|Title:||Kinetics control in runners in natural-running conditions after completion of a laboratory-based gait retraining program|
|Subject:||Hong Kong Polytechnic University -- Dissertations|
Running -- Physiological aspects
Running injuries -- Prevention
Running -- Training
|Pages:||xix, 175 pages : color illustrations|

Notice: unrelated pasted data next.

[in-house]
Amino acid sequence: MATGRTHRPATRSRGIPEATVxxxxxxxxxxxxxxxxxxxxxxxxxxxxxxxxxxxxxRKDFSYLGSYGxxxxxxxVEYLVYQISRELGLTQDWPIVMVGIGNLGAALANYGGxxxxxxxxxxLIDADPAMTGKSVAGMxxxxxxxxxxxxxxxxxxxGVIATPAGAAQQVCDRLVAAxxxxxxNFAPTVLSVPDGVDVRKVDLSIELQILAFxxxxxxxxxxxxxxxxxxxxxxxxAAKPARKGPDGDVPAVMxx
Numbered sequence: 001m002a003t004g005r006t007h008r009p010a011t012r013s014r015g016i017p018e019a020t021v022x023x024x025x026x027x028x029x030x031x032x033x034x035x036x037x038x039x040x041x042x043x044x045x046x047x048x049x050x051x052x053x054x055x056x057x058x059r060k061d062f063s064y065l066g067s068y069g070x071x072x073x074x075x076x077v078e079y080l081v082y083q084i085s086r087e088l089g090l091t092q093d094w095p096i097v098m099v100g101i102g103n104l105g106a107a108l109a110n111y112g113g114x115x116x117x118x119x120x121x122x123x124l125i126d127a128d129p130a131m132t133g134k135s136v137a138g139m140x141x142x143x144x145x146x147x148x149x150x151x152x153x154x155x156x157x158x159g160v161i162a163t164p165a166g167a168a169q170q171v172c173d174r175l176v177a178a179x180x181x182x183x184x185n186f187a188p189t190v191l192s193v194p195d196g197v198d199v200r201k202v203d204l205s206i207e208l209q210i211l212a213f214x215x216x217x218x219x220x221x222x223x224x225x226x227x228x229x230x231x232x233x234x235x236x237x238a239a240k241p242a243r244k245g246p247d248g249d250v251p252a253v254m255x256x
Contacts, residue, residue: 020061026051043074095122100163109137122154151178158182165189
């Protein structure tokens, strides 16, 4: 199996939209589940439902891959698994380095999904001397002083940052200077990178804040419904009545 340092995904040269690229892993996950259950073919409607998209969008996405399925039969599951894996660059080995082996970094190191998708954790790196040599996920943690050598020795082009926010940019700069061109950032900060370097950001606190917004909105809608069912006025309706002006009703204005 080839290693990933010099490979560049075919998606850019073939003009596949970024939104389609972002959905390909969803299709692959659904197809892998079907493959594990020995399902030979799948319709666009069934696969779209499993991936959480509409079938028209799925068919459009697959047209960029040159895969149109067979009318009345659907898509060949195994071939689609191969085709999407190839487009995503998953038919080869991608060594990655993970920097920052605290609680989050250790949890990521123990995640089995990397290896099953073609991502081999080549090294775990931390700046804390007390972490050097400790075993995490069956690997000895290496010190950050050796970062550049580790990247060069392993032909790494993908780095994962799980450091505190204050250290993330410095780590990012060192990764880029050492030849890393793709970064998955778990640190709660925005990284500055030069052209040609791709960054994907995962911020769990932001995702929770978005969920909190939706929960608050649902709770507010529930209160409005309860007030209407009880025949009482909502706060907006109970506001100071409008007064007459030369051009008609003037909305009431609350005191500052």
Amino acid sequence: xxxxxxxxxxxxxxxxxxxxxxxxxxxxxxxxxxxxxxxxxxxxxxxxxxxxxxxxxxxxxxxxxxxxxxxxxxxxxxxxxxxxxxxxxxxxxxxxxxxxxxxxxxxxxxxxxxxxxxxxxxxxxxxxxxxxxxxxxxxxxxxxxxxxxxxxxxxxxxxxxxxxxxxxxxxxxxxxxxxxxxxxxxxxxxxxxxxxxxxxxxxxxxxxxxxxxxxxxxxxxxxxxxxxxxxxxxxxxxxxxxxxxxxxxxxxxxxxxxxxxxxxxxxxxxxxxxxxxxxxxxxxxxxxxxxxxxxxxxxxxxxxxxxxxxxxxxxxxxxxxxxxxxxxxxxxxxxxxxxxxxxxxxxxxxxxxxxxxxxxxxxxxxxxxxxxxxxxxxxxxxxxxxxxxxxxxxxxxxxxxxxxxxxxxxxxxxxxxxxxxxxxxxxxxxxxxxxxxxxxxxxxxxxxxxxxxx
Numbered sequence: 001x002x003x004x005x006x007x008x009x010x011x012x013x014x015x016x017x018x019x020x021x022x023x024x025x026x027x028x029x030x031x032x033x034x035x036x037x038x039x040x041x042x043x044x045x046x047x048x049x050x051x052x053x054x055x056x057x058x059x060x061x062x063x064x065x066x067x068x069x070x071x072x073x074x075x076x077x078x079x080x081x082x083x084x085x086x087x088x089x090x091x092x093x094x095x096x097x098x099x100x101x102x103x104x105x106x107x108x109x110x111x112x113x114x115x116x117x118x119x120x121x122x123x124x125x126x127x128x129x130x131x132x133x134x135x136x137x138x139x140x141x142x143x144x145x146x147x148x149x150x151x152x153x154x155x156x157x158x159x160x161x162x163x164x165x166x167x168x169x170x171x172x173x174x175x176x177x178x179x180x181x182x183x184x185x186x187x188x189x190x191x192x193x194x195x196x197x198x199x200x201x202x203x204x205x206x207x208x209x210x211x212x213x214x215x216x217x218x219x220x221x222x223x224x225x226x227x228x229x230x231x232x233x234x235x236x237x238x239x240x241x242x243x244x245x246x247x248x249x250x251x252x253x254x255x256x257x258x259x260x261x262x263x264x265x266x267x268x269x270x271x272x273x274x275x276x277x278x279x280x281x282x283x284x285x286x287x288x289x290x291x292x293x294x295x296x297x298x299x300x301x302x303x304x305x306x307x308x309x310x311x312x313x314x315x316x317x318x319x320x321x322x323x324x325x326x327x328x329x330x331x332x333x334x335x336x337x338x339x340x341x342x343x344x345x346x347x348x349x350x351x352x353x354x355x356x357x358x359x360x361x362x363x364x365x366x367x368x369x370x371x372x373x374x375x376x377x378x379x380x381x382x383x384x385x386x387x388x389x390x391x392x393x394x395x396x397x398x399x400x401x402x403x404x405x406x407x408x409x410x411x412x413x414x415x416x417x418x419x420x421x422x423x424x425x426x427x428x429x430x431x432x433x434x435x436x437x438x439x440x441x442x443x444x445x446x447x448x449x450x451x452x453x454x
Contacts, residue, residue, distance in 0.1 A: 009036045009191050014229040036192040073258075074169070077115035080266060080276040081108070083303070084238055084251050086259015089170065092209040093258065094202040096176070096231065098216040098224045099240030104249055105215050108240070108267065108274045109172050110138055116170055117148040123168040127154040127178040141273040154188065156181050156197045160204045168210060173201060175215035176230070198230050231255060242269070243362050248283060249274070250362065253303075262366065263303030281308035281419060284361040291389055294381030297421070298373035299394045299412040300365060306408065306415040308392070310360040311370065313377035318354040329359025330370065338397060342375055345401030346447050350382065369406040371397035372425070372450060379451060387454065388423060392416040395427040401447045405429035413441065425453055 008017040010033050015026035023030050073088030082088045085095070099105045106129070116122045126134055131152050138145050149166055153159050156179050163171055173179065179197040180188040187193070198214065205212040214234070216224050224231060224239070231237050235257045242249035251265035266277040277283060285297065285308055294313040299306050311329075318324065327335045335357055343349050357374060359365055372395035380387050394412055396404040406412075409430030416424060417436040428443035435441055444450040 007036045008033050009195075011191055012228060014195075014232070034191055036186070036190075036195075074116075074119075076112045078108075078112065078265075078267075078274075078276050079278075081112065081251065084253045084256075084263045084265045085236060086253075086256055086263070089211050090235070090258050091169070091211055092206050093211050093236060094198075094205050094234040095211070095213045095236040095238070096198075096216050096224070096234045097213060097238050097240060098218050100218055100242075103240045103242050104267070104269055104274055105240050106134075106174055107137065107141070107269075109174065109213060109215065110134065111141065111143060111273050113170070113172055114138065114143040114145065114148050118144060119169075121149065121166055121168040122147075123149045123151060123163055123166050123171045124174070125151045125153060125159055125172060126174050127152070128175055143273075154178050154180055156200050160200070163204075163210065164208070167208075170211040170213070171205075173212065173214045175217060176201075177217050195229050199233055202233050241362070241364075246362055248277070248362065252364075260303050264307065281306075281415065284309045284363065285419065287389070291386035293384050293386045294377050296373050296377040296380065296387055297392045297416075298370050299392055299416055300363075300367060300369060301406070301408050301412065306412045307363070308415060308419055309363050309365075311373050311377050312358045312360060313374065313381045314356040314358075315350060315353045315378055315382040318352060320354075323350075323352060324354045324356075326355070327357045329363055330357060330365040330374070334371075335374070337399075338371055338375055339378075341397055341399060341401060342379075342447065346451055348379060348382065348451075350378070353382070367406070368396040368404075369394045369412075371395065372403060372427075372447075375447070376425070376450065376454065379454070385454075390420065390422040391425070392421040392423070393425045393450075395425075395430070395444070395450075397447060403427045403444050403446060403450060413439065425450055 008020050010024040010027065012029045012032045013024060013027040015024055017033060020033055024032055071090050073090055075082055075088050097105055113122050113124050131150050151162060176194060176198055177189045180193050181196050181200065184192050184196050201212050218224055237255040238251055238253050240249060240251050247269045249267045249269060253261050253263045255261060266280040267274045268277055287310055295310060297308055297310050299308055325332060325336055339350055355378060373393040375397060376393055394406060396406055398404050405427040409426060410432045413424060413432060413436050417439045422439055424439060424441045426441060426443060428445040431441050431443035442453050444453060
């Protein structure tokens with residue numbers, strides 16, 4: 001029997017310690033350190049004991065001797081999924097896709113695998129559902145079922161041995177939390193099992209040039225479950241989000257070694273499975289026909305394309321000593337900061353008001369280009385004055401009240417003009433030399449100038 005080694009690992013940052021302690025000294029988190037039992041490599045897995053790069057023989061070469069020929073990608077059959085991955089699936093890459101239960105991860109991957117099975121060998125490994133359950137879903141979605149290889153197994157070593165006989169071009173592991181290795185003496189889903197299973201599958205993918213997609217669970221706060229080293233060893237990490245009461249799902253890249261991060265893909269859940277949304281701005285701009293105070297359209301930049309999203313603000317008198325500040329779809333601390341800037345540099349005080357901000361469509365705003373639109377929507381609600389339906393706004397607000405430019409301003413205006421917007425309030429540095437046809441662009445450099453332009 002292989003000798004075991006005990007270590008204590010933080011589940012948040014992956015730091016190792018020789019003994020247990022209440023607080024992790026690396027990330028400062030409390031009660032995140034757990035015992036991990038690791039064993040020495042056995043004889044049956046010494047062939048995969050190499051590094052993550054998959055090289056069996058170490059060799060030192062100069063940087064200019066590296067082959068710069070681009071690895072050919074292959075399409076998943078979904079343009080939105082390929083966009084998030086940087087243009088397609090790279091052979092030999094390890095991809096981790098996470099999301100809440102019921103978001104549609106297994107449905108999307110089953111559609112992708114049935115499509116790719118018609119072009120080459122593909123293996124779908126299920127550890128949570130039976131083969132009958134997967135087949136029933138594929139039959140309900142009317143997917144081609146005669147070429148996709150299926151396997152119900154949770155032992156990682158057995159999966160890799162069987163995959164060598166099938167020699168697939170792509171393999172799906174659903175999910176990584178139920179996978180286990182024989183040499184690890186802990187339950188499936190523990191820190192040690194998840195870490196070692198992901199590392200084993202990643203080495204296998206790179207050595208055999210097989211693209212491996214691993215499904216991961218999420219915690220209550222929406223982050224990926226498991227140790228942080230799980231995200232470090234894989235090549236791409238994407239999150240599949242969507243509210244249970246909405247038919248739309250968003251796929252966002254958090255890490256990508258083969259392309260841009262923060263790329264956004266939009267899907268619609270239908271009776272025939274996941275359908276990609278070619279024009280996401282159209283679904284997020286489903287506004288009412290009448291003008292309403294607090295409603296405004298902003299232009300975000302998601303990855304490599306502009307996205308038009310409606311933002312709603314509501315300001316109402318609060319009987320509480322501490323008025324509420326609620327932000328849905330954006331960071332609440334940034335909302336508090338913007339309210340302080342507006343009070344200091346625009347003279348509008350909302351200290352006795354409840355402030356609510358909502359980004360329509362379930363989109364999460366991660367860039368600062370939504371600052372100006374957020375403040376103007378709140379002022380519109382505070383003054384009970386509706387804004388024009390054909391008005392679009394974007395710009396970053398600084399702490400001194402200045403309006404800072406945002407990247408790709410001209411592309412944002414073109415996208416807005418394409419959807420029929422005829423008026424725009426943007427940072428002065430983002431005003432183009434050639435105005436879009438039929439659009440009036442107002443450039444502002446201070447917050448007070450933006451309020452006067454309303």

|Abstract:||This thesis consists of two sections. The main research question of the first section is how runners would maintain and translate a newly learned running gait into varied running conditions after completion of an established running gait retraining protocol. Instructed to soften their footfalls during training using real time biofeedback, runners were shown to effectively lower impact loading after completion of the training protocol. However, whether runners would be able to maintain the modified running biomechanics in other conditions was unclear. We conducted the first study in this section to establish an association between peak tibial shock and vertical loading rate, which was considered as a risk factor for running injuries. Based on this association, peak tibial shock could be used as a substitute of vertical loading rates in our further tests. The motor learning translation was then assessed in the second and third study in this section. The translation conditions included 1) inter-limb translation; 2) inter-speed translation; 3) inter-slope translation; and 4) treadmill-overground translation. Furthermore, we conducted a fourth study which aimed to assess the motor strategies adopted by the runners after the gait retraining program. This study aimed to address the question about how the motor strategies would affect the translation of learning effect. The second section of this thesis included several exploratory studies that sought to explore applications of new technologies in gait modification, or to provide insights for future studies in the area of running biomechanics. The first study in the second section assessed a new shoe design and its effect in running gait. The second study in this section aimed to explore potential innate running biomechanics that might contribute to a better distance running performance. The third tried to apply an artificial neural network in the construction of a model to predict footstrike angle, which is a commonly used kinematic parameter in running research. The fourth study described a wearable exoskeleton robot and reported some preliminary findings of the application of this robot in the area of stroke rehabilitation.|
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